Integrative Design Process
The integrative design process understands that buildings, their components, their use and their place and surroundings are interrelated. Whole-building systems observe this principle by involving all stakeholders from project conception through delivery and beyond. Engaging all stakeholders in the design process to create a cross-disciplinary team and using a systems thinking approach helps to identify synergies and benefits that might otherwise go unnoticed, resulting in reduced initial and operating costs and optimizing performance. Lighting considerations include appearance, visual comfort, energy efficiency, and safety. Lighting performance is optimized when coordinated with other building systems, including HVAC, IEQ and Submetering. Lighting technologies can impact the HVAC system, contributing to the building's heat load. Daylighting, task lighting and occupant control all contribute to occupant comfort and submetering can inform energy efficiency measures based on usage.
The integrative design process brings key players to the table to consider and integrate lighting with the architecture, operations, and other systems of the building. Roles and responsibilities should be clearly defined and based on the common objective to balance high performance with low operating costs and achieve a high level of occupant satisfaction.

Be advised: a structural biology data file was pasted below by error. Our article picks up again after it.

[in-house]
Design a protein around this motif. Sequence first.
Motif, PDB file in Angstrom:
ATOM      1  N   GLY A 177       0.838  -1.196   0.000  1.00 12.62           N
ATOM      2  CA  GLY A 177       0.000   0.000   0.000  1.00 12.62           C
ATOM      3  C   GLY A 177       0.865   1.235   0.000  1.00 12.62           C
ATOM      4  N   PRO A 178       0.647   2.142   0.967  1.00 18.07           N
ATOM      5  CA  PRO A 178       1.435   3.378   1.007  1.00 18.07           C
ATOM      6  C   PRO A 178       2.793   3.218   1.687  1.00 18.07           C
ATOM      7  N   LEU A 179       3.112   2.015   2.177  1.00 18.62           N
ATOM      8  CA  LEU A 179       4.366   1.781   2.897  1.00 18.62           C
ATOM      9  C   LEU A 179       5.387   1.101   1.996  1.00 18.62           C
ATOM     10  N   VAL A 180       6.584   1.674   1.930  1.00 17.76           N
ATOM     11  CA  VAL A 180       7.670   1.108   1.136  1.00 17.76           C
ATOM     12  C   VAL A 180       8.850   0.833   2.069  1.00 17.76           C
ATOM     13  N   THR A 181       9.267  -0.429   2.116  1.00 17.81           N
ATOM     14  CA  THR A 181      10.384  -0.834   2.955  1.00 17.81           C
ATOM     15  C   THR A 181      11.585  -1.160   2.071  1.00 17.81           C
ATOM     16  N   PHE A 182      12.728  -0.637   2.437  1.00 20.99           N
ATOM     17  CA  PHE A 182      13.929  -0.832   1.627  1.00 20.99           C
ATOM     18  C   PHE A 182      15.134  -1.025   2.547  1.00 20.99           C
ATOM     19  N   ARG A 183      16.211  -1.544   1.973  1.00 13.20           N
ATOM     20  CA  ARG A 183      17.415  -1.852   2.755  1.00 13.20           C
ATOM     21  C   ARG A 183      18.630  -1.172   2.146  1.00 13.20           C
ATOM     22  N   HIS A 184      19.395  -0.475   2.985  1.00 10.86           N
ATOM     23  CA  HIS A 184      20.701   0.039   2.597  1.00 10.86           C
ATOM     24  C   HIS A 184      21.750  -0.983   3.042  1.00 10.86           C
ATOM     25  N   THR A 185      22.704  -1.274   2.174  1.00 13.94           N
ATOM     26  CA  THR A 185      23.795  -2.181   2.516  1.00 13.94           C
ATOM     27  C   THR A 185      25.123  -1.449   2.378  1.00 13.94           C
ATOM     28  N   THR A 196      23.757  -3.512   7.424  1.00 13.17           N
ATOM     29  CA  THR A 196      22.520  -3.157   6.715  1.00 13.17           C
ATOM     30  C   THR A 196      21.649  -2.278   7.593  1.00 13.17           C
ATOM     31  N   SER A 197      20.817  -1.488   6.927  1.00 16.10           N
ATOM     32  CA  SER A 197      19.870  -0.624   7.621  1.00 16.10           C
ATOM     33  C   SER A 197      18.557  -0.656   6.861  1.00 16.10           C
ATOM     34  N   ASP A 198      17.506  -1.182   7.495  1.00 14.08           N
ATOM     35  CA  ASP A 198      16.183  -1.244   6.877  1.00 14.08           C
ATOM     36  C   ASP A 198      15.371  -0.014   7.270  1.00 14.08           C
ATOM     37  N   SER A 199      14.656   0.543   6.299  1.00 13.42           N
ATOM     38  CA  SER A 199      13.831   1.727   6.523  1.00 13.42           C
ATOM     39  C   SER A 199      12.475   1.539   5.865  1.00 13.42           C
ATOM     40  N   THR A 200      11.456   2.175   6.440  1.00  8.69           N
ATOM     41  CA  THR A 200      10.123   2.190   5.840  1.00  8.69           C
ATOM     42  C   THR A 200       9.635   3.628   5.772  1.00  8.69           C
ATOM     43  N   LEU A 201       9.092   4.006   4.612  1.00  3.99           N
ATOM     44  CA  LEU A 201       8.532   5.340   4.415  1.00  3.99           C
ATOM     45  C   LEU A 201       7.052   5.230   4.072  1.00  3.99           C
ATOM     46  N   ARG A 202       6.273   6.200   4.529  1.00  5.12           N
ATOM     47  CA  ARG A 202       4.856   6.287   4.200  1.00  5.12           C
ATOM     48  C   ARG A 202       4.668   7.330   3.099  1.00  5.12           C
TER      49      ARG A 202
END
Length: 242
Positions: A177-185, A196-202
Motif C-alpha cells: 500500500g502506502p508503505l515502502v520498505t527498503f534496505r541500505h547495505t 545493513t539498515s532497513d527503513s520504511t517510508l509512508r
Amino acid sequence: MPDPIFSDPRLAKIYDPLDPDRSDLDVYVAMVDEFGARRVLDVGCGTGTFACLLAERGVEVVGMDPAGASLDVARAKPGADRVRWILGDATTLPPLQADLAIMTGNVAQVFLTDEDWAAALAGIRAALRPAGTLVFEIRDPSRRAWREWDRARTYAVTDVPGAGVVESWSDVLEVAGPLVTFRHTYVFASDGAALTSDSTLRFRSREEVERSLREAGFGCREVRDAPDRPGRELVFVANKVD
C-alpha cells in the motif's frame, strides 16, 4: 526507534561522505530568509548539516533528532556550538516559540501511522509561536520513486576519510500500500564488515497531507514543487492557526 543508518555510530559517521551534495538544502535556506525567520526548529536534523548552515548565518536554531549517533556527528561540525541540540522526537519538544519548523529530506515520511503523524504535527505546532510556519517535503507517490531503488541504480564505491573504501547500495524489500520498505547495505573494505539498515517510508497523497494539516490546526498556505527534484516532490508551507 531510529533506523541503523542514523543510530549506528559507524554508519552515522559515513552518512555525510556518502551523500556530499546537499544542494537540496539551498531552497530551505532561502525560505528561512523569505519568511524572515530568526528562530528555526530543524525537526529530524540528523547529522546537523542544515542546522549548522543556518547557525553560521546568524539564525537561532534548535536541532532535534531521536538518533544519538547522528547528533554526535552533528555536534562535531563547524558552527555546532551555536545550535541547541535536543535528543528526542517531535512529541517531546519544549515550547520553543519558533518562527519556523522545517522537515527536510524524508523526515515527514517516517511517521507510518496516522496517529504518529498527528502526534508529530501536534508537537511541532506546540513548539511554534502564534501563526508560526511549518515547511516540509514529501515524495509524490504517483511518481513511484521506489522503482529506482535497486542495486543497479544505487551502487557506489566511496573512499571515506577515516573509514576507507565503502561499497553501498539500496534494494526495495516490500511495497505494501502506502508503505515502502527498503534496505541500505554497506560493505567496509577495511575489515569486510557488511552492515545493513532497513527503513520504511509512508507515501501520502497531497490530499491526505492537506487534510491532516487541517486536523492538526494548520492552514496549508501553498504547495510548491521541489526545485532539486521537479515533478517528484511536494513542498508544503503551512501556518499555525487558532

The architect is responsible for the interior architecture and building layout and aesthetics, which play a significant role in the lighting strategy. Maximizing daylight requires meticulous planning of not only the orientation and location of apertures but also the building itself. The architect should pay rigorous attention to the architectural integration of the lighting and ensure its functionality aligns with other building systems.
The lighting designer, in close coordination with the architect and interior designer, should ensure as much natural daylight permeates the space as possible to successfully achieve overall lighting goals for comfort, cost, safety, and performance. A lighting strategy that incorporates a combination of direct and indirect light fixtures, individual controls and occupancy/daylight sensors, and task lighting alternatives provides both an equally distributed illumination level and additional opportunities for occupant control. The lighting designer is trained to prevent glare and direct exposure to sunlight, which both contribute to a negative and uncomfortable indoor environment. An effective lighting strategy that limits solar heat gain and waste heat from electric lighting, and collaboration with the mechanical engineer, may permit a smaller sizing of HVAC equipment.
The interior designer is responsible for creating spaces that respond to human needs and deliver functional, psychological, and aesthetic benefits to the occupant. A high-quality visual environment requires optimal surface brightness, comfortable contrast, and reduction of glare. The interior designer considers these factors as well as the orientation and position of furniture and surface reflectance value to optimize energy savings and connection with the natural environment.
The workplace specialist is highly engaged with the human behavior aspect of creating a healthy and functional space. Collaborating with the lighting designer and interior designer, the workplace specialist defines and establishes lighting quality and performance criteria for the daily activities of the occupants and evaluates lighting systems for health, comfort, and productivity.